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Memory Loss: Could it be Alzheimer’s?

Memory Loss: Could it be Alzheimer’s?

Do you sometimes wonder if you or a loved one might be experiencing the symptoms of Alzheimer’s? These 10 tips will help you recognize what’s typical as we age compared to the symptoms of Alzheimer’s – a brain disease that causes a slow decline in memory, thinking and reasoning skills.

Do you sometimes wonder if you or a loved one might be experiencing the symptoms of Alzheimer’s? These 10 tips will help you recognize what’s typical as we age compared to the symptoms of Alzheimer’s – a brain disease that causes a slow decline in memory, thinking and reasoning skills.

  1. Memory Loss that Affects Your Ability to Daily Life

    Typical: Forgetting a date, event or appointment and then remembering it later.

    Alzheimer’s Symptom: Forgetting information recently learned, needing to ask the same things over and over and/or forgetting important dates.

  2. Difficulty with Challenges or Problem Solving

    Typical: Occasionally making an error when balancing the checkbook.

    Alzheimer’s Symptom: A change in the person’s ability to solve problems, follow a familiar recipe or use math and track numbers. This can be due to a difficulty in concentrating that results in taking a lot longer to do things than it took before.

  3. Difficulty Completing Daily Tasks

    Typical: Sometimes needing help with recording a TV program or using the microwave buttons.

    Alzheimer’s Symptom: Difficulty completing something that is often repeated such as driving to a familiar location or unable to remember the rules to a game that is often played.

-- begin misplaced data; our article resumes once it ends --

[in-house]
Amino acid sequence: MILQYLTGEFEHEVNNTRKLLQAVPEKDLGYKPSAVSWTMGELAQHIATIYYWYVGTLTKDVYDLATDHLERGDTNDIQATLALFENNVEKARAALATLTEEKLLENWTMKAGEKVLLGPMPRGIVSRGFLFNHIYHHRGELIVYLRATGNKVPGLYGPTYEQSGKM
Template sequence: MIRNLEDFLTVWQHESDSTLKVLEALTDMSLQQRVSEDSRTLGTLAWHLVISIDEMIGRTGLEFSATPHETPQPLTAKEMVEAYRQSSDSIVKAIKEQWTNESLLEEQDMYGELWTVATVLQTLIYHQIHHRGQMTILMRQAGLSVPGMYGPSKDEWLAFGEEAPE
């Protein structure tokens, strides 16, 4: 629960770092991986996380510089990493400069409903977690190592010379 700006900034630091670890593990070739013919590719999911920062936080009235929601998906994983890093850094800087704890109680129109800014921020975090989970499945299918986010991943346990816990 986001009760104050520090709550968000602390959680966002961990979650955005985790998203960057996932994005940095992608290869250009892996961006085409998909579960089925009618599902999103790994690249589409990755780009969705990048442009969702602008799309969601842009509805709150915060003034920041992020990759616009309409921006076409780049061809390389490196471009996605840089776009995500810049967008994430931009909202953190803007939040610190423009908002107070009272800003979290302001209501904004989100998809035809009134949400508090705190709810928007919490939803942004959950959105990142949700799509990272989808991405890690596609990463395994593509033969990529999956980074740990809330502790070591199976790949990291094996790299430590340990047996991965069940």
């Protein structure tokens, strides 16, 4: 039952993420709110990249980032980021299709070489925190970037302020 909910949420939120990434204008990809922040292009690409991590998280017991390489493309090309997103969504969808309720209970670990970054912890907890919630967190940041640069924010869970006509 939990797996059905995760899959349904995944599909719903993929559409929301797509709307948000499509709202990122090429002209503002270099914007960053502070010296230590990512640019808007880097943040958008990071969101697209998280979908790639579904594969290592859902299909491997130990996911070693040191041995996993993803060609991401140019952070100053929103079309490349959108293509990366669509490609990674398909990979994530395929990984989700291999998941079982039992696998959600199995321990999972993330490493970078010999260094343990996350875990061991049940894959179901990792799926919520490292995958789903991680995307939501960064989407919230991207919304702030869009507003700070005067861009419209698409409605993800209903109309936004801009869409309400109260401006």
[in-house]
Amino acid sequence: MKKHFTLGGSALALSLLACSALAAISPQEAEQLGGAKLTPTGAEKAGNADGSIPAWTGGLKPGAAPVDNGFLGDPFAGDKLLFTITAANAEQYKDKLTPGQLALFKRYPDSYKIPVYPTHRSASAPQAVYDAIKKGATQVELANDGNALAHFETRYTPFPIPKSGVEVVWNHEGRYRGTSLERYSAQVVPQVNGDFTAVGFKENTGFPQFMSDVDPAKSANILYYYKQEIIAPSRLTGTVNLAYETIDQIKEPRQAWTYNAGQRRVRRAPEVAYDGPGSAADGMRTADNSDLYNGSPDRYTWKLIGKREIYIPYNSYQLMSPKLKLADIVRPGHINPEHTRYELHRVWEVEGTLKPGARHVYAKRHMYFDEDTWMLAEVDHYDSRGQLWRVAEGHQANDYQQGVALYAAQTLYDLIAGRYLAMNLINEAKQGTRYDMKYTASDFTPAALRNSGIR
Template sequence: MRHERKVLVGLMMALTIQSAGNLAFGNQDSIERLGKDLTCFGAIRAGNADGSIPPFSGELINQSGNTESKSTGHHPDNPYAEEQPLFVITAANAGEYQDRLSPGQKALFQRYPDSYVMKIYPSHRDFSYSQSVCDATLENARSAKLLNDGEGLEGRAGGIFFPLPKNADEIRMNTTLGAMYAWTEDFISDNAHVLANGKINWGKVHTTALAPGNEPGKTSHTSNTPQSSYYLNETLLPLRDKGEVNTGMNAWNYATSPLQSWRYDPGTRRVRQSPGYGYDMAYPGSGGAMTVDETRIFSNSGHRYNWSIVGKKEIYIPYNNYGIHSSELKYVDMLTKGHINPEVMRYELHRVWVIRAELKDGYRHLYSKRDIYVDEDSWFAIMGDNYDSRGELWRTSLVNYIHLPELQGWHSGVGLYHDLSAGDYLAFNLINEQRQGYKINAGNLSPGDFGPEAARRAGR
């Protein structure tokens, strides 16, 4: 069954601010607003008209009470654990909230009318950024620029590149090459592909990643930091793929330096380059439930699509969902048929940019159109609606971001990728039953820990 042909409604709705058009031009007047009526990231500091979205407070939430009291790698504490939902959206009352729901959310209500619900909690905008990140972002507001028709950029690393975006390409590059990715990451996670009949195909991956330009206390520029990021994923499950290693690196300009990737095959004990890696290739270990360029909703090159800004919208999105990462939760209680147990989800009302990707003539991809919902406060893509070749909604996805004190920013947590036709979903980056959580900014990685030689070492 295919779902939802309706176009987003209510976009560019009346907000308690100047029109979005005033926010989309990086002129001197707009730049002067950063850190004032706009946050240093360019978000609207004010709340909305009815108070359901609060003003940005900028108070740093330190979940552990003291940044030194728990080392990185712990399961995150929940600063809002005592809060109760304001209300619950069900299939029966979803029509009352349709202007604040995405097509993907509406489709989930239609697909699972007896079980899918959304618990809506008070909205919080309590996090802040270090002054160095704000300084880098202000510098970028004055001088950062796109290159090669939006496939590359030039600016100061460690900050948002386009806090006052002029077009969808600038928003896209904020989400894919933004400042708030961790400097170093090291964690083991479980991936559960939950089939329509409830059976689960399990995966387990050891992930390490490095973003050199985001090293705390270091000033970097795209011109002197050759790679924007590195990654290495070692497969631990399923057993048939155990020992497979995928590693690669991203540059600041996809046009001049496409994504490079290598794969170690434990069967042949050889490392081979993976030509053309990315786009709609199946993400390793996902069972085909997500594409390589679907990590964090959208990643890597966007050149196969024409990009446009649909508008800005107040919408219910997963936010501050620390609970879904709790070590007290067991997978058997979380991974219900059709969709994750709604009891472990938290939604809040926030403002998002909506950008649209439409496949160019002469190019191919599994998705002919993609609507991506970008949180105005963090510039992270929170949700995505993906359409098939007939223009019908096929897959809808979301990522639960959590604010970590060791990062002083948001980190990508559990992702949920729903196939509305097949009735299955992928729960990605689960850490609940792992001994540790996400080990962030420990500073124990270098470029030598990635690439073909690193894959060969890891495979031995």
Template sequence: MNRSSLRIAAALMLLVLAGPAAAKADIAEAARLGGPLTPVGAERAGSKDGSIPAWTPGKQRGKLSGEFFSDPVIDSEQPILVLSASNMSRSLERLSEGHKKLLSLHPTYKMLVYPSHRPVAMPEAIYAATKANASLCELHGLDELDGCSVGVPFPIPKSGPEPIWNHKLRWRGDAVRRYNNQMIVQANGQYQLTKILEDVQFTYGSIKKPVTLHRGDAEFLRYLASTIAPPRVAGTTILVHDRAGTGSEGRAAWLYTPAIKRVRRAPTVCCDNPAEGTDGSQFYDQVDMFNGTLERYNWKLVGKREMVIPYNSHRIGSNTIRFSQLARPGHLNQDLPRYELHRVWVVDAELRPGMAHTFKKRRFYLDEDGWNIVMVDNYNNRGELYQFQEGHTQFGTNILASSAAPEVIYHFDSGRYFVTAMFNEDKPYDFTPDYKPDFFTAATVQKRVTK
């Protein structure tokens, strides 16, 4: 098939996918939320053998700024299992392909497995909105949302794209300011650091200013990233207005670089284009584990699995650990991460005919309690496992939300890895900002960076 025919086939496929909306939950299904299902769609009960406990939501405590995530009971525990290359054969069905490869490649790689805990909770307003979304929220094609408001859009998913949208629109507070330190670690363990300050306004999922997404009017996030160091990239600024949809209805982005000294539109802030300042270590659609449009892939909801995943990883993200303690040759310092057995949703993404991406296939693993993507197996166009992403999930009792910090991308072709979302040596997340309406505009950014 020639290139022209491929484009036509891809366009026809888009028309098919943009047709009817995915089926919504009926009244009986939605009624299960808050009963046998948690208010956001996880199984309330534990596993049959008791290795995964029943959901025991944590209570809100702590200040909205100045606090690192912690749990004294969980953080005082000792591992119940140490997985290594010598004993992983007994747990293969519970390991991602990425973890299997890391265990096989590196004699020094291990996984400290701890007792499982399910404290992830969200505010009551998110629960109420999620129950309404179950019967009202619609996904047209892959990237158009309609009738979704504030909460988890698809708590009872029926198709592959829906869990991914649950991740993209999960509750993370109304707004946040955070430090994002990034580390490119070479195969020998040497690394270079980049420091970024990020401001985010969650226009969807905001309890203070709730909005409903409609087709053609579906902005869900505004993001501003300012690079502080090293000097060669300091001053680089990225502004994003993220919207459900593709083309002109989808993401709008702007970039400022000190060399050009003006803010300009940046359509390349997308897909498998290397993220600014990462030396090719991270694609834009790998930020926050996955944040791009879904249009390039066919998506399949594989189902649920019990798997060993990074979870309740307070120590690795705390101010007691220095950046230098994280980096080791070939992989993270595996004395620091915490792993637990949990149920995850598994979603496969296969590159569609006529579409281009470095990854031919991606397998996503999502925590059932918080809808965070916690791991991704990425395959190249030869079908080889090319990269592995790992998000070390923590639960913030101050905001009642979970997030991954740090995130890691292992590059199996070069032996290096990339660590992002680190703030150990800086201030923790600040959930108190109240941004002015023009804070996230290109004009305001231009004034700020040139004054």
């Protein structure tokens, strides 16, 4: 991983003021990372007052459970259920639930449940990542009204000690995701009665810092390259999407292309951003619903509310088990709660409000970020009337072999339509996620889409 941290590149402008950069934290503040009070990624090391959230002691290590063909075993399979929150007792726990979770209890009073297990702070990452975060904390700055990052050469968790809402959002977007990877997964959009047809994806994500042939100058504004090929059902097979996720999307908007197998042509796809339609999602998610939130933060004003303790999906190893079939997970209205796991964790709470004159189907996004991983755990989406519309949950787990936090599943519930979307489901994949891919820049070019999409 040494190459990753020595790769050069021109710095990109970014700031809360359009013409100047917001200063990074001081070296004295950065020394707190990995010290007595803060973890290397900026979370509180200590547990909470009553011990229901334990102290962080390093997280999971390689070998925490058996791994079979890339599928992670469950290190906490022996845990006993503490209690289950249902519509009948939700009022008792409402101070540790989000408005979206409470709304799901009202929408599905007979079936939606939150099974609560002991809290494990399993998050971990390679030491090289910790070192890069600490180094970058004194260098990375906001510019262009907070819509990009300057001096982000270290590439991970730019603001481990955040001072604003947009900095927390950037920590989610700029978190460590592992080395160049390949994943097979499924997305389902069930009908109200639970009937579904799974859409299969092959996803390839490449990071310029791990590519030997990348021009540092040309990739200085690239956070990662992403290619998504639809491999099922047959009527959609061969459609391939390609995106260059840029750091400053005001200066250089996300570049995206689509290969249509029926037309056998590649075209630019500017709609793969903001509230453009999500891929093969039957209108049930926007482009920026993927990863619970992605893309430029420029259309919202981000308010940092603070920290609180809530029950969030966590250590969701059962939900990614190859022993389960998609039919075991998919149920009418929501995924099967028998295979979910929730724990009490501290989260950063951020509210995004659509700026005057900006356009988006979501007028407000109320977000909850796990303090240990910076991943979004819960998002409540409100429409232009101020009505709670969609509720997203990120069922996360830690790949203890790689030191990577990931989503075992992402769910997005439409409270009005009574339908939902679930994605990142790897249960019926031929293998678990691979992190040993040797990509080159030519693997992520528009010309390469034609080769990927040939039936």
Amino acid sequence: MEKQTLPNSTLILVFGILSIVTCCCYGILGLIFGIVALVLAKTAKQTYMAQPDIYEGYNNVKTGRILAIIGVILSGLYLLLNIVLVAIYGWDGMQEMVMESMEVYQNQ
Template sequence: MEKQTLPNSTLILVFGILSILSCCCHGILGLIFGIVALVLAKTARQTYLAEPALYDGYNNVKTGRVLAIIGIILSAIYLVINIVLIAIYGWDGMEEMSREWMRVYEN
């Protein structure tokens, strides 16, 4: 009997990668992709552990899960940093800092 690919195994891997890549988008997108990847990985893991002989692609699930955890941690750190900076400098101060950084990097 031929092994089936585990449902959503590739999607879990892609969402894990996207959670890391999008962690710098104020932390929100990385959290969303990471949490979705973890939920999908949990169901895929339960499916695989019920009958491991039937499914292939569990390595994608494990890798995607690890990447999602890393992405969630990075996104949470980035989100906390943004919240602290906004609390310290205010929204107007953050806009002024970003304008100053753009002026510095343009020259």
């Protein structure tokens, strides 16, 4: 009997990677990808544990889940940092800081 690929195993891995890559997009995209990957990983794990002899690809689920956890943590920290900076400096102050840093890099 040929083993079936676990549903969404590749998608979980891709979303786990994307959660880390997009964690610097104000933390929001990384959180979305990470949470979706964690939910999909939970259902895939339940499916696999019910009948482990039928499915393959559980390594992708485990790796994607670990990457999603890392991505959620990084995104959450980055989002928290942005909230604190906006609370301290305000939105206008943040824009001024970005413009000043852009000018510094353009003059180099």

4. Confusion with Time

    Typical: Forgetting the date or what day of the week it is, but remembering later.

    Alzheimer’s Symptom: Unable to remember the date, the current season or the passage of time. They may sometimes forget where they’re at or how they got there.

  5. Trouble Understanding What They’re Looking at or Spatial Relationships

    Typical: Decreased vision due to cataracts or other vision problems that should be examined by an ophthalmologist.

    Alzheimer’s Symptom: Not able to tell depth, difficulty determining a color or unable to judge distance. These can all affect the person’s ability to drive.

  6. New Problems with use of Words, Spelling or Speaking

    Typical: Sometimes being unable to find the right word in a conversation or when writing.

    Alzheimer’s Symptom: Difficulty joining in with conversations or starting a conversation but not able to finish it. They may struggle with vocabulary or finding the right word for common items.

  7. Misplacing Items and Unable to Retrace Steps

    Typical: Misplacing things and being able to retrace steps to try to find the lost items.

    Alzheimer’s Symptom: Losing things and unable to retrace steps to be able to find them. Sometimes even accusing others of stealing when the items are just misplaced – often in an unusual place.

  8. Decrease in "Good Judgment"

    Typical: Occasionally making poor decisions

    Alzheimer’s Symptom: Making judgments that are not typical such as giving large sums of money or private data to telemarketers. Also, they may stop paying attention to personal care/grooming.

  9. Withdrawal from Social Situations

    Typical: Occasionally being weary of social engagements, work or family.

    Alzheimer’s Symptom: Starting to remove themselves from hobbies or keeping up with interests such as sports or the stock market.

  10. Changes in Mood or Personality

    Typical: Irritability when a routine is interrupted.

    Alzheimer’s Symptom: Becoming confused, suspicious, depressed, fearful or anxious for no apparent reason. They may be easily upset at home, at work, with friends or in places where they are out of their comfort zone.

  • American Association of Neurological Surgeons
  • American Board of Neurological Surgery
  • American Medical Association
  • The Congress of Neurological Surgeons
  • College of Physicians and Surgeons of Newfoundland & Labrador
  • North American Skull Base Society
  • North American Spine Society